Light Matter is Co-Programmed by James Hansen & Eric Souther
TSI / Harland Snodgrass Gallery
Gregory Bennett, New Zealand, 2021, 10 min (loop)
Edifice II is a 10 minute 12 second work that is situated in an art and animation practice that embraces 3D computer animation to explore themes and tensions around nature and culture, and conceptions of the utopian and the dystopian, through the rendering of often complex digital ecosystems. The term ‘edifice’ can refer a long-established complex system of beliefs, a complicated abstract structure that can be difficult to challenge or penetrate. In this work homogeneous human figures appear as often precariously placed performers, performing ritual-like scenarios, engaged in Sisyphean tasks, or unspecified debates or arguments. The individual is collapsed into multiple uncanny digital doppelgangers, placed in uncertain environments, simulating some kind of life, often without obvious purpose. Here the loop is embraced as a narrative strategy, a narrative where there is motion but not necessarily progression. The loop allows for the paradoxical expression of a sense of motion and activity which is also profoundly inert and arrested. The retrieval and mutable configuration and re-configuration of set-in-motion elements is compulsively busy, but is ultimately a closed system, subject to the repetition compulsion of the loop, always returning and repeating, unable to achieve resolution.
Matthew Gantt, USA, 2021
Three real-time virtual environments. Each environment consists of a self-regulating cybernetic OSC system modulating audio, media object and virtual cinematography in tandem, activating both the space and the viewer's vantage point in relation to these digital assemblages.
These simulations may be presented as a single channel video work, or, ideally, as a real-time multichannel installation, with each channel offering a discrete vantage point into the evolving virtual space(s).
Baron Lanteigne, Canada, 2020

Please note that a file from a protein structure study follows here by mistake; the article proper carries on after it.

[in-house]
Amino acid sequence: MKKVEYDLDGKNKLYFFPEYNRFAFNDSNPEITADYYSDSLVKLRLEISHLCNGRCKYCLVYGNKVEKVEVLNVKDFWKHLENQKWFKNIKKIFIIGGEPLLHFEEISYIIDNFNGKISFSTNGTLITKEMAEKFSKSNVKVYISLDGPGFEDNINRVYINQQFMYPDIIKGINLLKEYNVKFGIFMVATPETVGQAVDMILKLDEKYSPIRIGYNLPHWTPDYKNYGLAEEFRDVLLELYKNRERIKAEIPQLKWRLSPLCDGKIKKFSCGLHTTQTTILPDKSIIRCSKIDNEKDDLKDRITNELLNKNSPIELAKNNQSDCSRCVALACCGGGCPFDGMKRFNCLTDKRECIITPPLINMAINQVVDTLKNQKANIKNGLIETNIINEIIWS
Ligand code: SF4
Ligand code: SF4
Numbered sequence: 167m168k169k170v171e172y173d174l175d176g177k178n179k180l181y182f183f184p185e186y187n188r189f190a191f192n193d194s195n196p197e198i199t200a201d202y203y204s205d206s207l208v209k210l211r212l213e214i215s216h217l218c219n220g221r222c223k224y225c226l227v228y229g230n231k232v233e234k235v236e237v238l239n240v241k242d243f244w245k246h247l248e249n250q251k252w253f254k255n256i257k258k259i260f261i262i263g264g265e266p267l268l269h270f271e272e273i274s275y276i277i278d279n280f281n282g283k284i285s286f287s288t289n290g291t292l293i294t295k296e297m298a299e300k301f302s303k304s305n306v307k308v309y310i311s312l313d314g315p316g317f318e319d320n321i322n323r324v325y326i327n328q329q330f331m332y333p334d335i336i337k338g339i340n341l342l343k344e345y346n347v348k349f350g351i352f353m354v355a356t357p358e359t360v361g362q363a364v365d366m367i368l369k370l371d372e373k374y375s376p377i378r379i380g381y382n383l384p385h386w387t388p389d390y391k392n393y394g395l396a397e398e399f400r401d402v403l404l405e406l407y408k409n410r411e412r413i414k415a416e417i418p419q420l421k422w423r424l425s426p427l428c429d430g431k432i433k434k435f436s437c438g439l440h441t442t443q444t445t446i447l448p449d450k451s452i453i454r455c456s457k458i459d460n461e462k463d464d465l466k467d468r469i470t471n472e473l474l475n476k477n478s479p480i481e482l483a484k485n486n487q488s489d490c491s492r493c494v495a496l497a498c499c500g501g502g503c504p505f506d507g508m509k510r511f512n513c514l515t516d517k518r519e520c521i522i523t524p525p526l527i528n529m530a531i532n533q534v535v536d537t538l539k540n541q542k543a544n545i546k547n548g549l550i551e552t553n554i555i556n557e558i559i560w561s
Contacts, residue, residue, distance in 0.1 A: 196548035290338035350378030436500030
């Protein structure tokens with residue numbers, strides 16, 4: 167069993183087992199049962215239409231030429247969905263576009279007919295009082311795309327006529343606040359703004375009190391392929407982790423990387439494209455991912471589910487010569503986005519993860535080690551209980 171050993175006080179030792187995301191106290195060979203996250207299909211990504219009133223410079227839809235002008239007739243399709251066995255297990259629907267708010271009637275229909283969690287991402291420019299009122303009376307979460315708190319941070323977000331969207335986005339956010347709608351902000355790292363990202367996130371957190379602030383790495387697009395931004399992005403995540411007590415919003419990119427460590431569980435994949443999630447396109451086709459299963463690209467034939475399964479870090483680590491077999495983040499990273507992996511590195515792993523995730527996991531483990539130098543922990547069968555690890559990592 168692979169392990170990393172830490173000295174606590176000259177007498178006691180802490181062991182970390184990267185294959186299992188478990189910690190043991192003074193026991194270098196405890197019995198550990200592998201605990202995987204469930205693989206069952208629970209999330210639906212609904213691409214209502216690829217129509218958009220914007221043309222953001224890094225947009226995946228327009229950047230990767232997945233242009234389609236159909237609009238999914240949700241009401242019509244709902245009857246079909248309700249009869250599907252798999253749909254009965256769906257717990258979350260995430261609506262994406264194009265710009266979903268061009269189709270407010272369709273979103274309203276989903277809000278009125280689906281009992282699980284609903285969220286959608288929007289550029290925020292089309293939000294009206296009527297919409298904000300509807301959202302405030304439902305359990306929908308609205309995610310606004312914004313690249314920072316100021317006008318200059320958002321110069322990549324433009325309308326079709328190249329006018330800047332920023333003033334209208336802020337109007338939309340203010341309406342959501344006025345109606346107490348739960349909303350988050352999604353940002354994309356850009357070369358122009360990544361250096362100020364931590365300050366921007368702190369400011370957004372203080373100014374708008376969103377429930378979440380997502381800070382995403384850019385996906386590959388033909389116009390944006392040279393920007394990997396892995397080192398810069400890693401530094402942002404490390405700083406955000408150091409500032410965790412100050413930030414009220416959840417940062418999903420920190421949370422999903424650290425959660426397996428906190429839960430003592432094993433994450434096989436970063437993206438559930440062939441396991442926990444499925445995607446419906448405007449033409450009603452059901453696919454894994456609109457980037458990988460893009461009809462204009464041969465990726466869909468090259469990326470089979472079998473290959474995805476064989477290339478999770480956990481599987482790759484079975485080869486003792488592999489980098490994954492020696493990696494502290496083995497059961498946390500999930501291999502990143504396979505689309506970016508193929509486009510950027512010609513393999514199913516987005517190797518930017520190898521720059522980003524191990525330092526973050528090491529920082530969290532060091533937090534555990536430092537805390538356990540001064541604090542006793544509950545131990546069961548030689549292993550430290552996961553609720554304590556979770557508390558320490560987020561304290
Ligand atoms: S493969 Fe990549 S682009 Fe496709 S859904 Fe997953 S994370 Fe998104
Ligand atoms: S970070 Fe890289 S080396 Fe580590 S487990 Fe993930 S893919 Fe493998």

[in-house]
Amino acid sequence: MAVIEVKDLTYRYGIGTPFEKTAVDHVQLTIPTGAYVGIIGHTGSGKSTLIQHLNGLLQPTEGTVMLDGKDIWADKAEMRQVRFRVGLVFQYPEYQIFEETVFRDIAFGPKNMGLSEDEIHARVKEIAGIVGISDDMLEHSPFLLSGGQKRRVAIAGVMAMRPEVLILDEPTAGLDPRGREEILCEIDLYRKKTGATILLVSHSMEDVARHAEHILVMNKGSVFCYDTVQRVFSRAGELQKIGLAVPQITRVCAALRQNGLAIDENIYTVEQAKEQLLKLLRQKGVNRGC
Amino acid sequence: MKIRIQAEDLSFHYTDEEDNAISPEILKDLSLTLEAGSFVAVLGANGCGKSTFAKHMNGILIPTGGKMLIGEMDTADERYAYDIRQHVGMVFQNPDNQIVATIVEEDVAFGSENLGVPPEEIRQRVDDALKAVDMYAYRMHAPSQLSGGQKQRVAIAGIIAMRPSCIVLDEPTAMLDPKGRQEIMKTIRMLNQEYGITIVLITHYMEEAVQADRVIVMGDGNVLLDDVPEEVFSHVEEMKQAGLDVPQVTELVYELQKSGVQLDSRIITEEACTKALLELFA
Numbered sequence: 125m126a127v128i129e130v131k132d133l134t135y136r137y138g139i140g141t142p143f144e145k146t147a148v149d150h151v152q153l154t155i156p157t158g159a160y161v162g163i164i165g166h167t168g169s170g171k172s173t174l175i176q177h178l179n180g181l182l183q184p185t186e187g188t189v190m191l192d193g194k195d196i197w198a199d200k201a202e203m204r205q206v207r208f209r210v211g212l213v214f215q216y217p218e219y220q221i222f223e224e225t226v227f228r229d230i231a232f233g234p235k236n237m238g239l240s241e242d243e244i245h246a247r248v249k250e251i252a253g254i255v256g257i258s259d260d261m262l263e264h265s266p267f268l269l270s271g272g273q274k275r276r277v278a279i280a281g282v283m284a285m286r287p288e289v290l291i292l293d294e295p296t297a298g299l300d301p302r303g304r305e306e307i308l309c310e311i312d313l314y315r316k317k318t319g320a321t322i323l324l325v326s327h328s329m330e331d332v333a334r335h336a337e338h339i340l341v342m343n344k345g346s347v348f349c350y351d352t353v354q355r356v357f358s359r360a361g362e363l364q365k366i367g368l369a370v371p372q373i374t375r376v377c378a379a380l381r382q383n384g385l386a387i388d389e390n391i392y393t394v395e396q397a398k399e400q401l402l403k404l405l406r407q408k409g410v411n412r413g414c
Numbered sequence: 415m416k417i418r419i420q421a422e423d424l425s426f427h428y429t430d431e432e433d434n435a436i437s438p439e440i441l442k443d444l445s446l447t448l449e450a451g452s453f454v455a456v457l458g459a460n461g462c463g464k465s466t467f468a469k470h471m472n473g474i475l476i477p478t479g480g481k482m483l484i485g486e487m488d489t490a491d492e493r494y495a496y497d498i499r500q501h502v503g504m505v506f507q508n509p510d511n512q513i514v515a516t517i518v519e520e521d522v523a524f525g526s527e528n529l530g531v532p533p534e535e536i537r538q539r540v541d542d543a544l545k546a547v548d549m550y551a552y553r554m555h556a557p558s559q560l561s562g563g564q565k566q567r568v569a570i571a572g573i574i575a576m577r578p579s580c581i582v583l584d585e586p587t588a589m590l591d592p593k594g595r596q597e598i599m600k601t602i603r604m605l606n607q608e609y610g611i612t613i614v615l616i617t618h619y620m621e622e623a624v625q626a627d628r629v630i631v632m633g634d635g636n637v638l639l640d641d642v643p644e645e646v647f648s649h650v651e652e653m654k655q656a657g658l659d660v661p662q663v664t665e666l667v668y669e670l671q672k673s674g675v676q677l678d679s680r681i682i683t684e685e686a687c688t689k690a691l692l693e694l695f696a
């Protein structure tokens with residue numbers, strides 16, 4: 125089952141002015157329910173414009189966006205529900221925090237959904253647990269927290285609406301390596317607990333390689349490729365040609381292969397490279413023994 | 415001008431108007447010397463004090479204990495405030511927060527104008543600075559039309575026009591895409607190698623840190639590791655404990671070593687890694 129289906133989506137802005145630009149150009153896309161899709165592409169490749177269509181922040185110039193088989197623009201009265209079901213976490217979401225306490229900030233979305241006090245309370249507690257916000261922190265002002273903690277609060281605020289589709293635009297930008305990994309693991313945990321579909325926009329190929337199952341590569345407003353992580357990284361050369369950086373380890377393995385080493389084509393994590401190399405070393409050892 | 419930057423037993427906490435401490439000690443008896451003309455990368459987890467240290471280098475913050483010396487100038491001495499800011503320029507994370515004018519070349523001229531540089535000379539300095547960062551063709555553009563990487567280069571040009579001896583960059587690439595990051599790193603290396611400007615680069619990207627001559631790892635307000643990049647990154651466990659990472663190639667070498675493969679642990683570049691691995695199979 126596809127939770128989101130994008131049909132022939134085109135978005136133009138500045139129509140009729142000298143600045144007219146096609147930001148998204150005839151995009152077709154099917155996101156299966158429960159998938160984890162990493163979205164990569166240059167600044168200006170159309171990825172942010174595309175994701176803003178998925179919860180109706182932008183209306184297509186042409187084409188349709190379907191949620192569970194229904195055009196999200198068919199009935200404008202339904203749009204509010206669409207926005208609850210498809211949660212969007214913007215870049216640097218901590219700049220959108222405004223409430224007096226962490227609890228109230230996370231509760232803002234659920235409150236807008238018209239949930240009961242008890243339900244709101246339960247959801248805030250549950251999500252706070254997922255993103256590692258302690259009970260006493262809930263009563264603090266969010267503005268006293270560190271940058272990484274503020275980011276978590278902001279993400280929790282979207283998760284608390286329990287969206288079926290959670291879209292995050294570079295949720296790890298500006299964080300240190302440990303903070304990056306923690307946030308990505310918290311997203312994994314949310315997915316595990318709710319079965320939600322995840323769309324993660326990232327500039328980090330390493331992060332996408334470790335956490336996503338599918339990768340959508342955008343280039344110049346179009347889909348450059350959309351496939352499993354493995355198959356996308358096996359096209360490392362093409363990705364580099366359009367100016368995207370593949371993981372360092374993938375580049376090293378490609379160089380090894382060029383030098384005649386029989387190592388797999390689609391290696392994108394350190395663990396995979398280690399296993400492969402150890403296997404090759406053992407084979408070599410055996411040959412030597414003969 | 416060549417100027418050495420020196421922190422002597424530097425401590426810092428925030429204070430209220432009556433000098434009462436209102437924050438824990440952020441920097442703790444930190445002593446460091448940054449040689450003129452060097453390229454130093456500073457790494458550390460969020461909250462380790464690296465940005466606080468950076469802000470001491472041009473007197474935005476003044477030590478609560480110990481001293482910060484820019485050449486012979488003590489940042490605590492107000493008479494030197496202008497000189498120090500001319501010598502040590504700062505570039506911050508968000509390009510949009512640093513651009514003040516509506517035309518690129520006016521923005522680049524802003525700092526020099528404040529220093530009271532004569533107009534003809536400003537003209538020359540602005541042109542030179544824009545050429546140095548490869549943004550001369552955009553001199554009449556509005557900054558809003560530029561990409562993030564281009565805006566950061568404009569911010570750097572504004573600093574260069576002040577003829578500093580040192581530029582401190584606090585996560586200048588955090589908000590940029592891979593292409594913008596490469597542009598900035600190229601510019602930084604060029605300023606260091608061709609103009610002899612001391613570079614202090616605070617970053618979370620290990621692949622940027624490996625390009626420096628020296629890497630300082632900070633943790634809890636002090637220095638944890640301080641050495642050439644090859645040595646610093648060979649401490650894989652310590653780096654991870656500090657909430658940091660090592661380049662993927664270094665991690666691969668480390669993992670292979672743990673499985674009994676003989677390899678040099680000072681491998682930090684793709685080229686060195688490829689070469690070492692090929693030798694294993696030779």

Tangible Data explores and infiltrates an online community that develops a “virtual” art market for a cryptocurrency-hungry public. A series of animated loops—created and monetized by the artist to suit the demands and consumption of this community—provide a basis for the larger project, which extends across several web platforms
In this new cryptoart market, everything seems poised for the virtual universe which paradoxically displays characteristics inherent to the material world. While the internet fosters accelerated sharing and open-access content, this community subject to blockchain technology rarefies the immaterial in order to allow collectors to claim rights over the artworks. This has the insidious effect of affirming the monetary value of intangible web-based artworks. And yet, this also makes way for an unprecedented transparency concerning transactions carried out in this market.
One of the components of Tangible Data involves unveiling the interactions between artists and collectors, documented through screenshots on online platforms like Twitter, Discord, and Reddit. These traces are integrated into the animations which display their exhibition context in spaces that bridge the real and virtual worlds. The animations are thus both artworks in and of themselves and models for real installations to come.
Kamila Kuc, UK / USA, 2020, 4 min
Ominous 35mm cinegrams of Albrecht Dürer’s 1514 Melencolia print are intercut, like cascading scythes, with saturated super-8 film of a woman in a fresh-cut farm field, evoking repetitions that exist in harvest rituals, as well as in gestures of madness. Specters of familial anxieties creep into this loose take on the myth of Poludnica (noonwraith or Lady Midday), a Slavic harvest spirit that could cause madness in those who wandered the fields alone. The starting point for this subtle portrayal of the familial effects of transgenerational trauma is Erwin Panofsky’s Life and Art of Albrecht Dürer (1955) in which he associates Dürer’s engravings with fear, withdrawal, depression and madness. In this pastoral horror, luscious landscape serves as the site of a woman’s idyllic childhood memories but ones that are disturbed by her ancestors’ experiences of wars and domestic violence. The interplay of the banal and the uncanny is highly suggestive as the film poses a question of whether the effects of trauma can reverberate down the generations through epigenetics?
‘Presence, memory and ancient folkloric sensibilities latent within the fabric of the landscape are evoked through gesture, ritual and physical interaction with the filmstrip.’
Lydia Beilby, Short Film Programmer, Edinburgh International Film Festival (2021)